The new structure will see a principal teacher of support (guidance, learning, behaviour and liaison with the integration manager) and seven PTs curriculum - social subjects, languages (English and modern), work and enterprise and ICT, life skills, design technology (CDT, art and design and home economics), numeracy, maths and business studies, and sciences.
So is this the end of departments? "It quite clearly signals the end of subject-specific departments," Helen O'Rawe, the head, says. "Pupils will begin to perceive specific subject teaching in a different way. What they experience in these subjects will not only be a change in methods of teaching, including preferred learning styles, but also we are beginning to look at an alternative curriculum in S3.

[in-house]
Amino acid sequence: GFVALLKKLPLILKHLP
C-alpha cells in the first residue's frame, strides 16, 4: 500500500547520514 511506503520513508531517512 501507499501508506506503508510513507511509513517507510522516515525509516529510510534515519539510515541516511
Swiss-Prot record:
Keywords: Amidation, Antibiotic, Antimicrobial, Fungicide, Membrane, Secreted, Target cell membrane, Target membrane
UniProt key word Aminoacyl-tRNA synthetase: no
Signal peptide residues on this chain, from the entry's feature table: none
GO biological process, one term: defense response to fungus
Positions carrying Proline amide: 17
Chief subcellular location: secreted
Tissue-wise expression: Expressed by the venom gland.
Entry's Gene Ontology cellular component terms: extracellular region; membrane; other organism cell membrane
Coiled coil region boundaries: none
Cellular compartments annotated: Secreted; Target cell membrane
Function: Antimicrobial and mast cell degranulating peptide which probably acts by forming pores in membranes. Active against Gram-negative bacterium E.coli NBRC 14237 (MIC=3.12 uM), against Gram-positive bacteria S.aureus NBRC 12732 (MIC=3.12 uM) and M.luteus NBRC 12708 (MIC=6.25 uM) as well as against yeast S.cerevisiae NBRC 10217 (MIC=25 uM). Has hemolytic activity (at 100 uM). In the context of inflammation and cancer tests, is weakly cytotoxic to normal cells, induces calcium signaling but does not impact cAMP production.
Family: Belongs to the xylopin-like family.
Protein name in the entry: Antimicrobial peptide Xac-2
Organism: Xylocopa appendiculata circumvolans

"In 2004, children will do course choices at the end of S1. At the end of S3, all children will sit FoundationGeneral or they might do Access 3.
They will be presented with a new course choice at the end of S3 that will allow them to go down the appliedvocational route.
"There is lots of potential to look at what we call subjects for children and the artificial barriers between them and what we deliver in the classroom. There is an opportunity for quite radical changes in how teachers work and deal with one another."
Some pupils will go down the traditional academic route and join others in the top three senior years, others will be able to sample new courses such as travel and tourism, care and hospitality or electronics from the Higher Still menu.
Mrs O'Rawe accepts there are dangers that the arrangement could become a "timetabling nightmare" but insists that pupils will have the choice of an entirely new range of courses within a few years.